Heroes on the homefront
Soldiers say good-bye. It’s always tough, even for guys trained to be tough.
When Capt. Roy Addington left the 10th Mountain Division headquarters at Fort Drum, New York for the Middle East, he, like every other soldier, was leaving one world behind to be thrust into another. The departures left a soldier-sized hole in the lives of the families of the deployed troops.
But in a few weeks, Addington will leave the Army and the 10th Mountain Division, with whom he served in a combat hospital in Afghanistan. He, his wife Stacy and their two sons have settled in Eagle-Vail, where they plan to live happily ever after.
“Separation from family is the worst,” said Addington, a University of Northern Colorado graduate who says he’s home to stay.
“Soldiers go to war. That’s what soldiers do,” he said. “The real heroes are spouses who stay behind and deal with the kids. The spouses are the ones riddled with worry, especially the blow by blow horror of seeing Operation Enduring Freedom on television.”
They were apart, but they were never alone. Since the Gulf War the military has devised countless ways to help families deal with separation and uncertainty.
Communications technology has rarely been put to better use than the video links and phone calls from the Middle East to home. For the Addingtons, the video links meant the kids got to see dad, that he looked good and was doing fine.
Not long ago things were much different.
“One woman came by whose husband was in Vietnam,” said Stacy. “They got two letters in a year.”
After the Gulf War, the military devised programs like Army Family Team Building, Operation Ready and the Family Readiness Group. They’re designed to help both soldiers and families understand as much as possible about the complexities of what’s happening, how to deal with it, how to separate and how to reunite as well as matters as simple as how to read the military version of a paycheck stub.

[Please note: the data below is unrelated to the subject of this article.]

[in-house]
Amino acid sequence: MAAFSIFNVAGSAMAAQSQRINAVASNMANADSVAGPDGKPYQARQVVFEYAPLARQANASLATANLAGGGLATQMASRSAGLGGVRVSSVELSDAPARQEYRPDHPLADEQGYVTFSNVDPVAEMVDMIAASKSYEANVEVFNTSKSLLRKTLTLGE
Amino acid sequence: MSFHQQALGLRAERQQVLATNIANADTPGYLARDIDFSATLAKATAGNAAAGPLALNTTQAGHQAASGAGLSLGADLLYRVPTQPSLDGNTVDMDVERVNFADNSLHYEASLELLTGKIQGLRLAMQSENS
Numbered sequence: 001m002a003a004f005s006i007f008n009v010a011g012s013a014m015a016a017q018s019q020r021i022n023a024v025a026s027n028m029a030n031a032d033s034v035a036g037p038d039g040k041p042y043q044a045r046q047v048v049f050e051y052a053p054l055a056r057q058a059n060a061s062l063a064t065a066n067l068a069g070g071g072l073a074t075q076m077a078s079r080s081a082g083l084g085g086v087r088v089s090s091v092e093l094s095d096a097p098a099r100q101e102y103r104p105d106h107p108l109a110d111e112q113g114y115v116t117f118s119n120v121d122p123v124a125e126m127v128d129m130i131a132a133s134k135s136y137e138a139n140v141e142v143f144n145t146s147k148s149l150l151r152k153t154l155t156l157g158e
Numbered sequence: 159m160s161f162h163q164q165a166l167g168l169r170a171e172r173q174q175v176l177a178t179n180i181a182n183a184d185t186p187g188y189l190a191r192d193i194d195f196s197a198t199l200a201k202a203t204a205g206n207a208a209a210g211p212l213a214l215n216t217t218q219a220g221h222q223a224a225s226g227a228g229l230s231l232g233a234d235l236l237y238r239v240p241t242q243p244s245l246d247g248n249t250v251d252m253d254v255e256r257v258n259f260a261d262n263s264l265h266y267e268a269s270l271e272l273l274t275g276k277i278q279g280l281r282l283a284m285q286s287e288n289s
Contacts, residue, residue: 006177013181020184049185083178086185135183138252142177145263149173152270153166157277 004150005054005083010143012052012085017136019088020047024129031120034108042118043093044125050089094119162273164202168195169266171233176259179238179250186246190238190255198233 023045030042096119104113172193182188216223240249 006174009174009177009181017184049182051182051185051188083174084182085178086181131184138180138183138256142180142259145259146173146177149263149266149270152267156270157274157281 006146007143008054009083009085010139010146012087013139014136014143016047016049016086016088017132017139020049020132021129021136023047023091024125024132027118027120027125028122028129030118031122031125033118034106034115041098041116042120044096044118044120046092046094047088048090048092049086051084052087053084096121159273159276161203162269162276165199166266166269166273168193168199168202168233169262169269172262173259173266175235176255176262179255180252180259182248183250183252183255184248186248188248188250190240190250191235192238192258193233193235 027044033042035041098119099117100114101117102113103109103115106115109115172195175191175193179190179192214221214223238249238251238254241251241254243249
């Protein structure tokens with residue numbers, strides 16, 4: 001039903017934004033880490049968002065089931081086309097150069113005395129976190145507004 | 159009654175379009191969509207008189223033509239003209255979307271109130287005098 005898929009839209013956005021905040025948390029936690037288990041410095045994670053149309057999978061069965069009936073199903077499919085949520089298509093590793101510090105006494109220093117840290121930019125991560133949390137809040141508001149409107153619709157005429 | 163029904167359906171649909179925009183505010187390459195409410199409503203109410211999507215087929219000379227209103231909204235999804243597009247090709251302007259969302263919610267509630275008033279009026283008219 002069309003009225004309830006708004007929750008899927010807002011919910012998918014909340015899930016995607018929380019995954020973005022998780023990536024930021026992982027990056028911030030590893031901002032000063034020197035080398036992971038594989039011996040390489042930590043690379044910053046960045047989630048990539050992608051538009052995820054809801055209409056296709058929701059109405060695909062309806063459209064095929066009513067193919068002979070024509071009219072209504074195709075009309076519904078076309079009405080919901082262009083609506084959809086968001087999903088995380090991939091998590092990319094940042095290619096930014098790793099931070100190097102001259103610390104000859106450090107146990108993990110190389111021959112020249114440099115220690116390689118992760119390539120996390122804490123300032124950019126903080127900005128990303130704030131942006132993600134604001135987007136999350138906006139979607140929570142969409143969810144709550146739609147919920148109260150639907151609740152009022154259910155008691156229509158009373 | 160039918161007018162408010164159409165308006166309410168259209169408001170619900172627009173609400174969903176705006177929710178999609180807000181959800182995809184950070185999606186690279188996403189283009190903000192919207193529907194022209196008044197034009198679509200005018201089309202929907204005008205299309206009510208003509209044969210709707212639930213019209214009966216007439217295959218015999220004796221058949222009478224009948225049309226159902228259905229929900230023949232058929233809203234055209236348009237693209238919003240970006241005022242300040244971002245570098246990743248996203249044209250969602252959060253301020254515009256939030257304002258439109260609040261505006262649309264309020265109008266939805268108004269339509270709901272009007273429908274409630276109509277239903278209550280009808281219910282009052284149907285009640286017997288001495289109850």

“While the soldier has been deployed, the spouse has had to be in charge of everything,” said Stacy. “The chain of command is the chain of concern. If I have a problem, who do I go to?”
News is not a big part of daily life. In a military town, everything and everyone gets covered – death makes headlines – and you can’t watch it with the kids in the room.
“When you live on a military base, and someone is injured or killed, there’s a different feel,” said Stacy. “There’s a realization that my husband or wife is over there.”
Back home around Fort Drum, everyone’s in the same situation and everyone’s emotions and sensitivities are on edge. Kids may be giving each other a hard time at school, and not mean to. In church, there’s a prayer request every Sunday. No one has to ask what for.
Roy said troops had lots of support in Afghanistan. Robin Williams did shows there. So did Al Franken and the Washington Redskins cheerleaders. It helped, but it didn’t reduce the distance. The Army provided unlimited phones and video links, and that helped, but even with a satellite connection it’s still a long way from home.
Addington left Fort Drum in August 2003. It was the family’s first deployment – their first extended time apart. It took four days to complete all the preparations to leave. In those four days they went through their good-byes again and again – home, then gone, then home again and finally gone for good. At Fort Drum, all kinds of people on their block were going through the same thing.
“By the fourth day everyone was completely emotionally drained,” said Stacy.
The Addingtons’ two sons did their best to understand, and did most of the time.
“We told them dad was going to Afghanistan to work in a hospital to help people. If people get hurt or sick, dad could take care of them. They know that’s what he does,” said Stacy. “But then they saw his M-16, and that put a different perspective on it.”
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